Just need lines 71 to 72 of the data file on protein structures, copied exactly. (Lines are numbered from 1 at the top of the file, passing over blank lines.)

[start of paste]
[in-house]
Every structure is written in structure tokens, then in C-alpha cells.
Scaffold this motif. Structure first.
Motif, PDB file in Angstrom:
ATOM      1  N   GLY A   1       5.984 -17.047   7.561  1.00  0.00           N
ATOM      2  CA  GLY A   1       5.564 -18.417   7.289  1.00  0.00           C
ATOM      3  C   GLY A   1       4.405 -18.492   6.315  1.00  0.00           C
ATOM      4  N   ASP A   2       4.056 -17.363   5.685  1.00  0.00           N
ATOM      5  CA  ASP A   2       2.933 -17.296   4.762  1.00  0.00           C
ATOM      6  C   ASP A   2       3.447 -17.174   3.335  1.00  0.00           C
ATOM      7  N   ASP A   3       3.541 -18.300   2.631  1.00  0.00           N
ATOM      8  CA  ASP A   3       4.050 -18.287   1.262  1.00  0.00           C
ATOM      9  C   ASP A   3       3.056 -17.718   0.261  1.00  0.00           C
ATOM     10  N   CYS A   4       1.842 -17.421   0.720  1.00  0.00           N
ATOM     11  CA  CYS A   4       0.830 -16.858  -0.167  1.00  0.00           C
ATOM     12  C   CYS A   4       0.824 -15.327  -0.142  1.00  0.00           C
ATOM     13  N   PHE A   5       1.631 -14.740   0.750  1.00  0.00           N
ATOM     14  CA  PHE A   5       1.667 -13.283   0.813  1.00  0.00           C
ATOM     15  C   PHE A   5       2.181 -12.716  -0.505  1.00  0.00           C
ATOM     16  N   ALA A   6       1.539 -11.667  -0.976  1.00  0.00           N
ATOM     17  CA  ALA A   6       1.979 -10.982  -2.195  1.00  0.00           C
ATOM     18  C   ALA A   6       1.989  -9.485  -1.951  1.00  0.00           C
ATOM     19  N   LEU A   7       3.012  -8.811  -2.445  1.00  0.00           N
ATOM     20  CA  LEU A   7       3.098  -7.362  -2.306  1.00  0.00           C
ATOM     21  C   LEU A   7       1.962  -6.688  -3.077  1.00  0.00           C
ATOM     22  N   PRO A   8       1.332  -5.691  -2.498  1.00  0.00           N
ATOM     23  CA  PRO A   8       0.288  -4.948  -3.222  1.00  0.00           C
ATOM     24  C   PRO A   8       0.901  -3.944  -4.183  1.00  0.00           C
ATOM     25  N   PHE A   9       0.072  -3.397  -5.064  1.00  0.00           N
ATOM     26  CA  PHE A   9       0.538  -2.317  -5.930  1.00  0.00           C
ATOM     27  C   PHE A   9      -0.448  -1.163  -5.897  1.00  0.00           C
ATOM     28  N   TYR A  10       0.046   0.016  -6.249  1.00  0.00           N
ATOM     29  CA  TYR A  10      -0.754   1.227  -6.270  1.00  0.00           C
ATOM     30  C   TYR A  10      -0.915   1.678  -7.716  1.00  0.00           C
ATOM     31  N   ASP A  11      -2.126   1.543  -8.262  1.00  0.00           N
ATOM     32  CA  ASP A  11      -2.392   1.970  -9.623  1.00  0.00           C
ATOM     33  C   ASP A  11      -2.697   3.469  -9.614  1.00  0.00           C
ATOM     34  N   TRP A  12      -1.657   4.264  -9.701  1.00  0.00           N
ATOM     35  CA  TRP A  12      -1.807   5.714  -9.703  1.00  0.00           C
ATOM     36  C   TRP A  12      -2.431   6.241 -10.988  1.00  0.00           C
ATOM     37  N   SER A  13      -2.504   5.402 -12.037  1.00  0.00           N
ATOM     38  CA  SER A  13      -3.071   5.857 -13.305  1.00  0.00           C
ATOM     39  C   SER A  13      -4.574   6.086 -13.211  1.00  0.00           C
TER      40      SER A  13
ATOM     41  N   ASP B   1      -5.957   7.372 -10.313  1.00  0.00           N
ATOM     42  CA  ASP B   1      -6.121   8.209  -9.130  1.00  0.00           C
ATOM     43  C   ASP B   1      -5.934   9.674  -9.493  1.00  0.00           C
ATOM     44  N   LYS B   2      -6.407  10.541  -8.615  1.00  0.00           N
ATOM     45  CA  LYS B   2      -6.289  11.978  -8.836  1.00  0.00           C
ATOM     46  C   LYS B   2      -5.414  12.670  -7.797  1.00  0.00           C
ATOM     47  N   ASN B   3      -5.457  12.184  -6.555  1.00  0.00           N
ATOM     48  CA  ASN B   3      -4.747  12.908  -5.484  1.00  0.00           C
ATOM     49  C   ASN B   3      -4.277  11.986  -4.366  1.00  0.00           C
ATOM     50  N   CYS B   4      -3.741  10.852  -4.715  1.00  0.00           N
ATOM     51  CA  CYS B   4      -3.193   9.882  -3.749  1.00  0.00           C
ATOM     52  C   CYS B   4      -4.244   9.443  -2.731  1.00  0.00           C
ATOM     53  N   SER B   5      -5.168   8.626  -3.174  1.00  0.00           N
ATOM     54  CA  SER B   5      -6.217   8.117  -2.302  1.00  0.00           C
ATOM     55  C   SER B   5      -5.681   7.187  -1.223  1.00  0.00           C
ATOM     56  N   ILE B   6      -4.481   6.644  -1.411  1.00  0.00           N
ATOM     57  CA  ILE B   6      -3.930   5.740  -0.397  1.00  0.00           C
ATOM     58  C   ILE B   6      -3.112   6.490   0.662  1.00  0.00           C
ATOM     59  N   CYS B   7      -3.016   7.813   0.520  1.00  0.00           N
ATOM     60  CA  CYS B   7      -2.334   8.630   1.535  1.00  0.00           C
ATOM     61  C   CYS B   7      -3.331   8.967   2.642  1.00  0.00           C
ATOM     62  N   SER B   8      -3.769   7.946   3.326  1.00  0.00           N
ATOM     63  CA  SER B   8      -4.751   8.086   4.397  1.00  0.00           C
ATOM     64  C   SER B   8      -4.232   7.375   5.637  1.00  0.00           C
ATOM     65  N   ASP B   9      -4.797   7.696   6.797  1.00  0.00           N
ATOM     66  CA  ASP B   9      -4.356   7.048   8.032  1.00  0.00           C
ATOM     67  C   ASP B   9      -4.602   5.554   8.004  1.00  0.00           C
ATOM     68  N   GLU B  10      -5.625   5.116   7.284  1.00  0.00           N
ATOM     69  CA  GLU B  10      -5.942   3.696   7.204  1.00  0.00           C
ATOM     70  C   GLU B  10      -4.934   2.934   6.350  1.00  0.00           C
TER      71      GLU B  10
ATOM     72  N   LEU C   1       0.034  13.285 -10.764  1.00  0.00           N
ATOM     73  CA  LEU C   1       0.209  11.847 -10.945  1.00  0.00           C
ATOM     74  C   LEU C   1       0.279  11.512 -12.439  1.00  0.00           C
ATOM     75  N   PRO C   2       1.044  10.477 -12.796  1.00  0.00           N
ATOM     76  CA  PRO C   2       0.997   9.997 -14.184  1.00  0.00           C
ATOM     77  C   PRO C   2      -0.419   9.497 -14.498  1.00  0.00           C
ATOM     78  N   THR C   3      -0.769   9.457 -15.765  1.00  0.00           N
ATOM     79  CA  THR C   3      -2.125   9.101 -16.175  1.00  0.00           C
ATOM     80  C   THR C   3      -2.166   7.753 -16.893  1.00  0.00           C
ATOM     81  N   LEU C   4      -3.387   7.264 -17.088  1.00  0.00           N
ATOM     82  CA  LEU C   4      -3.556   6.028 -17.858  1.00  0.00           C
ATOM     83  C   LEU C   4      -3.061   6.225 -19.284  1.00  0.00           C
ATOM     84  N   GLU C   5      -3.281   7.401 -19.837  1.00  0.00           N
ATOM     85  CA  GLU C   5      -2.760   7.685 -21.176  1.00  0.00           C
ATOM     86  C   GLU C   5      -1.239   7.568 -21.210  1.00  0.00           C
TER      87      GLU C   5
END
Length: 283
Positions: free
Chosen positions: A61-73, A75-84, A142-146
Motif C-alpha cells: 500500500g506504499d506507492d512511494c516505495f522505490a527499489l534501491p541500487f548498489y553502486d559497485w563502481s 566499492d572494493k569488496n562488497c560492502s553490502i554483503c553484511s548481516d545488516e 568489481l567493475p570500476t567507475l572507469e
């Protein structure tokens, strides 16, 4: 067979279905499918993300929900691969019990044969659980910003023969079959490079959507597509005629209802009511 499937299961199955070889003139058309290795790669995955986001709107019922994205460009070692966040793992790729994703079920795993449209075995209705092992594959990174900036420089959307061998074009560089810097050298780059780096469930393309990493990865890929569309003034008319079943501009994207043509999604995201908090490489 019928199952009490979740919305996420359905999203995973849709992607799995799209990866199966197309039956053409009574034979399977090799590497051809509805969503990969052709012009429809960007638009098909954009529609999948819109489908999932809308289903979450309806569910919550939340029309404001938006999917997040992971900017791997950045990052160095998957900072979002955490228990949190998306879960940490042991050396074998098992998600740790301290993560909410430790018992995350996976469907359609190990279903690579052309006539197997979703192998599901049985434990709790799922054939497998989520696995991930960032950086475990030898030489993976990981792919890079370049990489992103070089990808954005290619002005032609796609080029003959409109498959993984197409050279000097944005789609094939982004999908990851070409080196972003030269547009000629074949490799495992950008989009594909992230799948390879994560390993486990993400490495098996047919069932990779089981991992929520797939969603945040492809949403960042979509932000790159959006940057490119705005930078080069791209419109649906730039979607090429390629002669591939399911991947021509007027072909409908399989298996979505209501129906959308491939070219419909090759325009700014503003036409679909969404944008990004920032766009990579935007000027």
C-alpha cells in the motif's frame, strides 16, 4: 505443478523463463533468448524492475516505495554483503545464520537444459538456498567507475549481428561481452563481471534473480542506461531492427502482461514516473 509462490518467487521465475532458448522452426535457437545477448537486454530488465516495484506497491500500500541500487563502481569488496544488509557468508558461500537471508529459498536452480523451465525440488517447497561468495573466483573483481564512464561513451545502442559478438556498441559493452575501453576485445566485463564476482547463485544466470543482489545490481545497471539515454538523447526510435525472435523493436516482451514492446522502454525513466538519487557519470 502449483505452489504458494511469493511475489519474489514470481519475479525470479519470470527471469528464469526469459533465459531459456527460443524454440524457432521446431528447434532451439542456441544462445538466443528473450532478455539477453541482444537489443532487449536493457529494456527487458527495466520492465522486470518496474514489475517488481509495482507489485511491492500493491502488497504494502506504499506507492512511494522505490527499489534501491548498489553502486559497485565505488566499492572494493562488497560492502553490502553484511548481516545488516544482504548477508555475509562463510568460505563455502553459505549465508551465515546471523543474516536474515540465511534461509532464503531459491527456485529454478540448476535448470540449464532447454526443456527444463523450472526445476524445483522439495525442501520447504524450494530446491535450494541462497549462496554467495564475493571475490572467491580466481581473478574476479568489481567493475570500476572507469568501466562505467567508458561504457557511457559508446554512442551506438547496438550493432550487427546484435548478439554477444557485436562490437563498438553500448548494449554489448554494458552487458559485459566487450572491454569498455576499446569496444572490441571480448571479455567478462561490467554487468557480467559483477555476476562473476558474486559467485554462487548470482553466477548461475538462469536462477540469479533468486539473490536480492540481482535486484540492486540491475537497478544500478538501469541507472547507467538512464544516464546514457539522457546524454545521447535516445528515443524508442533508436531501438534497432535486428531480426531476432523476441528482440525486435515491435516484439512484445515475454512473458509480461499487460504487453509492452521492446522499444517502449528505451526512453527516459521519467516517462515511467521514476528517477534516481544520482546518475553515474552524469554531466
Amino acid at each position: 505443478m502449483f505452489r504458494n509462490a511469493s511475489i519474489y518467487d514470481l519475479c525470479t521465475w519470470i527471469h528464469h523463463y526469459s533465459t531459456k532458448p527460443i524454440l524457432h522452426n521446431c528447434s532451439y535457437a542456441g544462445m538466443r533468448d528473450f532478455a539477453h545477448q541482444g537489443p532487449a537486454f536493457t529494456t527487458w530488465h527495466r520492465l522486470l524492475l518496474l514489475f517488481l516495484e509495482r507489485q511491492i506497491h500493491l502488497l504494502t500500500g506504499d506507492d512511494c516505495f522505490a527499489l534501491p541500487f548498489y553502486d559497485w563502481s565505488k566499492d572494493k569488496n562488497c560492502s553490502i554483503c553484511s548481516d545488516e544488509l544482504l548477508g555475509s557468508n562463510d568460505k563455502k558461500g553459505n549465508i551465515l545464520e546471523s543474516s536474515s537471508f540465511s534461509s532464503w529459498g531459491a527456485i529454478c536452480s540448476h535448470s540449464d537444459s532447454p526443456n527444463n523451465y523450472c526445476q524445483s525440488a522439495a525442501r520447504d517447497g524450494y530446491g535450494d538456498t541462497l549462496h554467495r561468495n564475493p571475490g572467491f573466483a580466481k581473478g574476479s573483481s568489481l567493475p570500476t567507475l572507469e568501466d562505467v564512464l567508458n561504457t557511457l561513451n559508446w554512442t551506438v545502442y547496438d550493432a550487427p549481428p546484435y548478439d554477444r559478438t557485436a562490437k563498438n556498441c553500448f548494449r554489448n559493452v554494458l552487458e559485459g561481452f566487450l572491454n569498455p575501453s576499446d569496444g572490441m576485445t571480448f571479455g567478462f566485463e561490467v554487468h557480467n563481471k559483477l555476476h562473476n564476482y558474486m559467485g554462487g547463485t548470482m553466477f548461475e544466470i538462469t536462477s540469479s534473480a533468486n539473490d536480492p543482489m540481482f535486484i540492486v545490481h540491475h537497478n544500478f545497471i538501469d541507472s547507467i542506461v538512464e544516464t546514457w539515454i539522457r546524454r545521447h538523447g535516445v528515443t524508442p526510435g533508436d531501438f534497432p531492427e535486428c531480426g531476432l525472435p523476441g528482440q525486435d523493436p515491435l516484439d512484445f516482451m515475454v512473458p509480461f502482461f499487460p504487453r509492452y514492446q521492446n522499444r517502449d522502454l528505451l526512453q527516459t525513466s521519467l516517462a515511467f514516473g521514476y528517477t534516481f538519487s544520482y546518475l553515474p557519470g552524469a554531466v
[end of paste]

ATOM     67  C   ASP B   9      -4.602   5.554   8.004  1.00  0.00           C
ATOM     68  N   GLU B  10      -5.625   5.116   7.284  1.00  0.00           N